Earlier this year, the government in Wales outlawed smacking children, meaning that children are now given the same amount of protection against assault that adults have had for centuries.
The topic of how we discipline our children is a sensitive and personal matter that doesn’t often make headlines. As a father of two young boys, I know what it’s like to be challenged by my children and I know how difficult it is to keep calm when boundaries are being pushed.
One of the first tests for me came when one of my boys climbed up on the sofa behind me and whacked me over the head with his Thomas the Tank Engine plastic toy! Insult was literally added to injury when my son proceeded to laugh in an evil-villainous fashion. I raised my voice and told him firmly, ‘Son, that is not funny!’ I hoped the volume and tone of my voice would shock him into understanding his actions were bad. Instead, he stood his ground, looked me in the eye and said, ‘Bit funny though, Dad… bit funny!’ He was only two at the time.
My initial anger subsided into having to supress a smile as I tried to remain in control of the situation. I simply took his favourite Thomas toy away from him and told him he could have it back when he said sorry. And once he had said sorry, I praised him for being a grown up and taking responsibility for his actions.
Amazingly, opinions still vary on whether it’s okay to slightly smack a child when they’re naughty; some think it’s a valid parenting tool. Others say violence is never acceptable under any circumstance. The Welsh government, along with 60 other countries, now have laws that say the same.
The research shows that far from correcting the child’s behaviour, corporal punishment makes the child behave worse, not better! Studies have shown that children who are smacked are more likely to be more aggressive – not surprising if their parents have shown them that hitting someone can be justified. Worse still, children who are smacked are more likely to experience anxiety and depression.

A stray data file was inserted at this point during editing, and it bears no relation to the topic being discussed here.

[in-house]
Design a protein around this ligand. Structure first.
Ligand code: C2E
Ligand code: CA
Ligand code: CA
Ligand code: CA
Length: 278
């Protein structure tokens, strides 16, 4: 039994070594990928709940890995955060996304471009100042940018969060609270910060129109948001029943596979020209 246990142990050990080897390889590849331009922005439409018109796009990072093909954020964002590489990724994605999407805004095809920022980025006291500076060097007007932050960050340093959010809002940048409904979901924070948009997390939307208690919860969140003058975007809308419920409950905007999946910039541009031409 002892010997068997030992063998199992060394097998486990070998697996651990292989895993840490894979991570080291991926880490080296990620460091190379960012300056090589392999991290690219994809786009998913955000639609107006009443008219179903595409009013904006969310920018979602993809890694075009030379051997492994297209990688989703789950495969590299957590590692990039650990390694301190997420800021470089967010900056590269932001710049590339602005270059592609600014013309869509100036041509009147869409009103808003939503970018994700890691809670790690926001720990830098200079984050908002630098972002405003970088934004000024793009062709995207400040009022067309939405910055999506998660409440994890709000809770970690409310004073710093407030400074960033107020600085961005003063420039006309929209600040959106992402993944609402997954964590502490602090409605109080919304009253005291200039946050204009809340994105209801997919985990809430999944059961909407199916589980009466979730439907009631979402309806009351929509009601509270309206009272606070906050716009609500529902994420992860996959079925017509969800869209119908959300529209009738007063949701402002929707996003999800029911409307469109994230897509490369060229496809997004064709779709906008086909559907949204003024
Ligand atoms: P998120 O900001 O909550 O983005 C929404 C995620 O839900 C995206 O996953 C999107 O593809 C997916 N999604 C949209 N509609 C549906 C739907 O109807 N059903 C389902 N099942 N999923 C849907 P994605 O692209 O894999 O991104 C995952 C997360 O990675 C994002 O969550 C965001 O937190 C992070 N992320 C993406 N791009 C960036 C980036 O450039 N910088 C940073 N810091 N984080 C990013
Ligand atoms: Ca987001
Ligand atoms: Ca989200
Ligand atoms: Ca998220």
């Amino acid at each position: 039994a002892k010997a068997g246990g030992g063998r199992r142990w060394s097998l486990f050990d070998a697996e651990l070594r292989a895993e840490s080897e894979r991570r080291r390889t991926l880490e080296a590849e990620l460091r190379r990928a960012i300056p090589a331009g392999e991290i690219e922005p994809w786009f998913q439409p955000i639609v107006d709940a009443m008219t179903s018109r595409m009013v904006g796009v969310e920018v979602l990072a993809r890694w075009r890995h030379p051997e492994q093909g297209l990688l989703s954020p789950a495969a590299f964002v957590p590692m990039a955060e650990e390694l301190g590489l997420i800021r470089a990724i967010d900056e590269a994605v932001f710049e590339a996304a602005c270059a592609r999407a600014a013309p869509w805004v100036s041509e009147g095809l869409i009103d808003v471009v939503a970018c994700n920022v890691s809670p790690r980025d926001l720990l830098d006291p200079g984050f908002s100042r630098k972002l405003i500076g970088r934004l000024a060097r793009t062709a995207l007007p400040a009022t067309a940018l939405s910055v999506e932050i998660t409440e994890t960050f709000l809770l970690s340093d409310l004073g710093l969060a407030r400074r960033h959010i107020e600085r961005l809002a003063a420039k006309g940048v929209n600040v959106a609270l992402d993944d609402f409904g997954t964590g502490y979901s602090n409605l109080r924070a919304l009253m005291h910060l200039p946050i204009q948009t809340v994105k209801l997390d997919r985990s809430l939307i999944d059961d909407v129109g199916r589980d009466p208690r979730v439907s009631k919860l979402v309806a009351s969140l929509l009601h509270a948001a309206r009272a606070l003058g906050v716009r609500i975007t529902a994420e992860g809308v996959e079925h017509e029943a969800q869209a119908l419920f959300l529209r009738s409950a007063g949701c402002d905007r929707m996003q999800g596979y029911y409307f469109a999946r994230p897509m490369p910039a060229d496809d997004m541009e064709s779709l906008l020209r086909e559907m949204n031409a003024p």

Coincidently, last month at the Oscars, when Chris Rock made a ‘joke’ about Will Smith’s wife, Smith hit him. Again, opinions vary: some say Smith was defending his wife. Others, this is a clear example of toxic masculinity. Afterwards, even Smith himself said: ‘Violence in all of its forms is poisonous and destructive.’
But he also defended his actions by saying he ‘reacted emotionally’.
Isn’t that what’s happening when we smack our kids? An emotional reaction to a frustrating situation?
Running a team of creatives has taught me that the ‘carrot’ is mightier than the ‘stick’. Praise over pressure ultimately makes people happier and happy people are more productive and care about their work. Which means we create much better children’s products as a result.
Thankfully, to date, none of my Collaborate team has felt the need to assault me with a Thomas the Tank Engine toy or slap me around the face. (Although I’m sure they have been tempted at times!) Running a busy, creative studio with demanding schedules and, at times, stressful deadlines, is comparable to bringing up a young family. You must truly understand and respect your team in order to motivate, empathise and negotiate with them. That’s the only way to deliver the best results for our clients.
In my own opinion – for what it’s worth – is that it’s best not to hit your children. But if they outlawed shouting, I could be in trouble! That’s an emotional reaction too, but (hopefully) one with less lasting damage.
We’ve created lots of books about controlling emotions… Maybe we should send a copy to Will Smith.
If you would like our emotionally grounded team of creatives to help develop books on ‘hard-hitting’ subjects, get in touch with us me, at [email protected]